Linda Greenhouse, in today's Times, on judges and the rule of law:
“America has reached a fork in the road, and the time has come to make a decisive choice,” Daniel J. Popeo, chairman of the Washington Legal Foundation, wrote this week in his monthly column in The Washington Examiner. The choice he posited was between continuing to endure judicial intervention in the conduct of the war on terrorism and “returning control over national and homeland security decisions to the executive and legislative branches.”
I don’t mean to single out the Washington Legal Foundation, a respected conservative research and litigation organization. It is hardly alone in its ritualized framing of a dichotomy between law and national security.
And that’s the point. That the courts — and the lawyers who bring cases to them — are a threat to the country is a trope that has penetrated deep into public consciousness. The typical accompanying warning against “Miranda rights for terrorists” resonates with the doom-saying of an earlier generation of conservatives to the effect that courts make it impossible to keep the streets safe from common criminals.
She's right, of course. Never in my lifetime, not even at the height of the Vietnam War and protest against it, has the notion of what this country is all about been so bitterly contested. I hold that we're about nothing if not the rule of law, and, at that, in not just the easy cases but the most difficult ones.
Superficially, one's hard put to explain the right wing's vociferous rejection of due process under the law for Guantanamo inmates, or, for that matter, accused criminals. The right protests, loudly, against government intrusion on individual rights as it asserts unconstitutional power. Their stance against legal rights for all, amongst the most important limitations on government power we have, contradicts that. And the Fourteenth Amendment, part of, er, the Constitution, explicitly demands due process of law for all 'persons'--not just for citizens, mind you.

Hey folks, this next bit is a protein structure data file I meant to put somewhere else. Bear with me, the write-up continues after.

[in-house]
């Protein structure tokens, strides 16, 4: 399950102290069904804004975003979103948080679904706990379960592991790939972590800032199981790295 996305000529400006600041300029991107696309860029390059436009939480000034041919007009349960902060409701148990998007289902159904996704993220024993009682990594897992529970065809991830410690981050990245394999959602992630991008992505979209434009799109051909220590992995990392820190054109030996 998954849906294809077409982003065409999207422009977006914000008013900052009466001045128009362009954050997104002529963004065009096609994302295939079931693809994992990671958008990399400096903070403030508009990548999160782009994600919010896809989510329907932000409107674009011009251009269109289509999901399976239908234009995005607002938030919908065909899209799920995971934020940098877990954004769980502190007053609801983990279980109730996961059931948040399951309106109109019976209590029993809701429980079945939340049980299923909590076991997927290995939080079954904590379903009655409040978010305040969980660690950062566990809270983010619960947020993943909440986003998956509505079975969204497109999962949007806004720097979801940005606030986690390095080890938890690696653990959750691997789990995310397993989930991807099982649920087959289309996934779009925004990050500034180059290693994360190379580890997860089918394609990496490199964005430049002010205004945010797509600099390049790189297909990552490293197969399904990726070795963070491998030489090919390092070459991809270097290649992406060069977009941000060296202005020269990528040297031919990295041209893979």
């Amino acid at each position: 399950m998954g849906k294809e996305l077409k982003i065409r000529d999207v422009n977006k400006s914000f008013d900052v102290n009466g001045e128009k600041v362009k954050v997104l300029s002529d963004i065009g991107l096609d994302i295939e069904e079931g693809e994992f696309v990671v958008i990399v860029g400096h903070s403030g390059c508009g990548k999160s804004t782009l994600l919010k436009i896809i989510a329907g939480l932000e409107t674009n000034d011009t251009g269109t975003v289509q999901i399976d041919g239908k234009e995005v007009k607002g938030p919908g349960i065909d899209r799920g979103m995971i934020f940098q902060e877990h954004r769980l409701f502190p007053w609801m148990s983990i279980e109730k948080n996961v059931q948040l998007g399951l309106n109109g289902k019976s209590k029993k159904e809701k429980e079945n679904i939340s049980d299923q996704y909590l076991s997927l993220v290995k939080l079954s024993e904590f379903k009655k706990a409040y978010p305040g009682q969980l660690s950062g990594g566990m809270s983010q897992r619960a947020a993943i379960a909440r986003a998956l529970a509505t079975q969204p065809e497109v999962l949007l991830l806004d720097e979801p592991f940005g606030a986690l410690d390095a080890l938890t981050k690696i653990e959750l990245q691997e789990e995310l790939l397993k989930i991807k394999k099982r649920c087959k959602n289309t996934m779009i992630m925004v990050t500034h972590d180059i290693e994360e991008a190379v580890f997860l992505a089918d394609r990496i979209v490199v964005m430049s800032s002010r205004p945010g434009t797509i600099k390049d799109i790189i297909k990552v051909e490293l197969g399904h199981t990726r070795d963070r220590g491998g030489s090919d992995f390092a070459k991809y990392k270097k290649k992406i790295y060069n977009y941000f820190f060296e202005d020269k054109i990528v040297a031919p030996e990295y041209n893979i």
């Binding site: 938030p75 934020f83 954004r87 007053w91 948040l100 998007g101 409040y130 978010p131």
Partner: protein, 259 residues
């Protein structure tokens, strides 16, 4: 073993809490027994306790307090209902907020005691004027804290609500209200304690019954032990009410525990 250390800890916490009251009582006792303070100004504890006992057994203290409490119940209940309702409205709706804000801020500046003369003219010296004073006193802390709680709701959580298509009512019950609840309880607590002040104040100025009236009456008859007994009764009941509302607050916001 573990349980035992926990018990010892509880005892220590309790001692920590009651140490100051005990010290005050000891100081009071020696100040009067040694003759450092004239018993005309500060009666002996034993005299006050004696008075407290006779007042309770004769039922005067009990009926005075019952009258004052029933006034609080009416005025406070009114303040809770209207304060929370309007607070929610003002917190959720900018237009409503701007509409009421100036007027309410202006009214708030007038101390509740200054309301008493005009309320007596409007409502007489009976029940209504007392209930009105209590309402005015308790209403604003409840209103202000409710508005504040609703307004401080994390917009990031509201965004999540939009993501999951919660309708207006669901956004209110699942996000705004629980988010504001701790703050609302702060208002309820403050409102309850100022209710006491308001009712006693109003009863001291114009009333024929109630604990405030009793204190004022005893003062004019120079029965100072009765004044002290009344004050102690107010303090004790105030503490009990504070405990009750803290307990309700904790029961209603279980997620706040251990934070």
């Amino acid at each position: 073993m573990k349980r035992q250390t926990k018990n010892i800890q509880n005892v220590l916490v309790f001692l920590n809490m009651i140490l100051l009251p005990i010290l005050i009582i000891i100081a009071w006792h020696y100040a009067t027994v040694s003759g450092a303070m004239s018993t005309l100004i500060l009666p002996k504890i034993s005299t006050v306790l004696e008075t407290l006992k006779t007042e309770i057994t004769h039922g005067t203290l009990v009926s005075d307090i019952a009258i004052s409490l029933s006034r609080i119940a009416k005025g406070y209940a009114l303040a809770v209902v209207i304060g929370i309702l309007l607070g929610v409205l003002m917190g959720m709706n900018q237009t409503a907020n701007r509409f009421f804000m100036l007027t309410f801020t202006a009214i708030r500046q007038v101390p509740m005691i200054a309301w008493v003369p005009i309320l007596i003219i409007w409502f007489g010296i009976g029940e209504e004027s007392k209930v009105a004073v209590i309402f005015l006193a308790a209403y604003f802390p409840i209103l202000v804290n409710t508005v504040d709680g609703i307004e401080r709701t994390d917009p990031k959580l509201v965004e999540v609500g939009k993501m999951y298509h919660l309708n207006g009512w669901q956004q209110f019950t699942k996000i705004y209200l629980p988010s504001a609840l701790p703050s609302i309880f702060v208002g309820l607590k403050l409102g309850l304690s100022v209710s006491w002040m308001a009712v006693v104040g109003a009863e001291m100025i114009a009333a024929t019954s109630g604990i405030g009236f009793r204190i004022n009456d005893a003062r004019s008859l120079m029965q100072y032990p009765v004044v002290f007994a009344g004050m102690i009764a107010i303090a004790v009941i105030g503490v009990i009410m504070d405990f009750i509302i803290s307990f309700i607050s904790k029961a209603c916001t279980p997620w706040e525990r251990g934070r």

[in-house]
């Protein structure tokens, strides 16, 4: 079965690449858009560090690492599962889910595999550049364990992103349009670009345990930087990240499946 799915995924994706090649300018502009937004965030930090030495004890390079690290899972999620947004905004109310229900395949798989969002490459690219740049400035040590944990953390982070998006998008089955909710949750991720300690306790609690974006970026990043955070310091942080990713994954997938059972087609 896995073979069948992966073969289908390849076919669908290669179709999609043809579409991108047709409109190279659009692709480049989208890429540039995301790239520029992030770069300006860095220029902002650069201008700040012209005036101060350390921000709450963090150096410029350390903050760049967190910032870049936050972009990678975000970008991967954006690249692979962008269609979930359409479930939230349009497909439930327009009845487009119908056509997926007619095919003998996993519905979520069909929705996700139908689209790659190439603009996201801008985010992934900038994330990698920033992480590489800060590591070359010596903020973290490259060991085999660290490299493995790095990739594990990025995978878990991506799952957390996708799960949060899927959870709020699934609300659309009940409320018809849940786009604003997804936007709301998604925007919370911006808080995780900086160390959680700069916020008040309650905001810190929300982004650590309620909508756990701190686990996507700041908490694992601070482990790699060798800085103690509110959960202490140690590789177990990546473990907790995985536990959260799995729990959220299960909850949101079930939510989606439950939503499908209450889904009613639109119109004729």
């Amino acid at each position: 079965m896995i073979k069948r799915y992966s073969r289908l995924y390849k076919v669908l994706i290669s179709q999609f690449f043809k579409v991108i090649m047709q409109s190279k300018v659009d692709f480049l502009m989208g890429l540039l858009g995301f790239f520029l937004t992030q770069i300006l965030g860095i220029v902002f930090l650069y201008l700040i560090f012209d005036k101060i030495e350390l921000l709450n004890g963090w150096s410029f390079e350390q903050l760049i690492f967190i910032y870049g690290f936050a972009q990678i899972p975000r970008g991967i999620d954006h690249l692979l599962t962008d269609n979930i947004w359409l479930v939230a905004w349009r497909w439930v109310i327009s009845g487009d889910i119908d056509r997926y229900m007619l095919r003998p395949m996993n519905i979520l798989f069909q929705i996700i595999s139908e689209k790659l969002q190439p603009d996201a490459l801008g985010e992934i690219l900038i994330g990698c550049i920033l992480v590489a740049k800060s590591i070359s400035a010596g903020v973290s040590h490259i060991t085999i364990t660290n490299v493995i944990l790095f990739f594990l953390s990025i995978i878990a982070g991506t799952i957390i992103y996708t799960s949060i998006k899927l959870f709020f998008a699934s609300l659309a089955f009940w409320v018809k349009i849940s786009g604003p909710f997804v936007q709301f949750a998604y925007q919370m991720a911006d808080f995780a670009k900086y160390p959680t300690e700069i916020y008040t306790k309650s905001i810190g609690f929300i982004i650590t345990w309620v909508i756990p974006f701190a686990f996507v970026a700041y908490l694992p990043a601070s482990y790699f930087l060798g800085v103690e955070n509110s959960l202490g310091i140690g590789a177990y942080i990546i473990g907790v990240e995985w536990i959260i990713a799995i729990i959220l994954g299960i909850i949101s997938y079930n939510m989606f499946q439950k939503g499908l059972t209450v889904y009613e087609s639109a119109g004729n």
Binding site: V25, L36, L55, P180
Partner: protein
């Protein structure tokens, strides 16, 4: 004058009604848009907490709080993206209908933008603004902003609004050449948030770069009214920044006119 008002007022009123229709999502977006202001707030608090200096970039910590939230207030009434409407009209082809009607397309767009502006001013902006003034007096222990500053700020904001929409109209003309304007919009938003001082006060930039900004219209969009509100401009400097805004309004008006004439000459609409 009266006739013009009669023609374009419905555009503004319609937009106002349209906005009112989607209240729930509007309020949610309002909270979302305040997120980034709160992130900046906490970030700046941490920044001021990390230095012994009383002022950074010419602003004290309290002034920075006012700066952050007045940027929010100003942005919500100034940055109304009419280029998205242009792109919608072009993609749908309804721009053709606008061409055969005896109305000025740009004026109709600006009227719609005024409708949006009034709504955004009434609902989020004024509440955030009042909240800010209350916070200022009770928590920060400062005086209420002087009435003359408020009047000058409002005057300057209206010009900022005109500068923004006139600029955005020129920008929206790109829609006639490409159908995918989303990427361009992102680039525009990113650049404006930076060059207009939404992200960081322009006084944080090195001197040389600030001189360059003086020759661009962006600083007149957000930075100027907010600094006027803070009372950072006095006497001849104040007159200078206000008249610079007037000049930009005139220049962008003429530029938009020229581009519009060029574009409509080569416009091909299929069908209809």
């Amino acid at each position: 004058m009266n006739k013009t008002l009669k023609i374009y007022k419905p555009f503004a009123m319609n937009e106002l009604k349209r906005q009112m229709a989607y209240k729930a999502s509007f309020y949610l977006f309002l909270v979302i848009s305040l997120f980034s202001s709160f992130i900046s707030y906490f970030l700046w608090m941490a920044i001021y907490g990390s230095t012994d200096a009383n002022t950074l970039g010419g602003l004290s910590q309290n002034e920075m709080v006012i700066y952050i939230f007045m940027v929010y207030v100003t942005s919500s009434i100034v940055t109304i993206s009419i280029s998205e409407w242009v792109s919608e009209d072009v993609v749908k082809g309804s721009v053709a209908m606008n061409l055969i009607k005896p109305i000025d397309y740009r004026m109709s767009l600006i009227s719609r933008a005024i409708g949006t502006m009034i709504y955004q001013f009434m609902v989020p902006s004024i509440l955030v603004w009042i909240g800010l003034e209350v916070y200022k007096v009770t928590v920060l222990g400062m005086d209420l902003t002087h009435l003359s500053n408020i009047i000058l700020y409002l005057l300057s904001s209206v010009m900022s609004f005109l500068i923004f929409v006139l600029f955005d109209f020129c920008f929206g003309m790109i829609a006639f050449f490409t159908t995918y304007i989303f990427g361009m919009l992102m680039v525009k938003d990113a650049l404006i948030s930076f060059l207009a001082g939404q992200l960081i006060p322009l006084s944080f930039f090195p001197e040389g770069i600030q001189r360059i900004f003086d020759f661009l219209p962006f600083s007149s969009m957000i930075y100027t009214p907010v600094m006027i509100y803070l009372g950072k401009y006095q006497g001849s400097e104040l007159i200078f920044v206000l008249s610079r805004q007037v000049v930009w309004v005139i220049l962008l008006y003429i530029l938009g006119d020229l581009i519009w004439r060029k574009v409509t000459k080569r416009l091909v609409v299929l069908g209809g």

The apparent inconsistency is easily explained by noting that the real bedrock of the right is the separation of virtuous, entitled Self from evil, parasitic Other, demanding rights for the former and denying them to the undeserving latter. Over and over again. Those seeing themselves as Self, and those wishing to be included amongst the Good and not the Evil, constitute the right, have no sympathy or empathy for others, and reject any responsibility themselves for solving our problems. They proceed to exclude the idea that even their interests can't be served in such a society, pragmatically and realistically, much less that it's the right thing to do to help others if you can.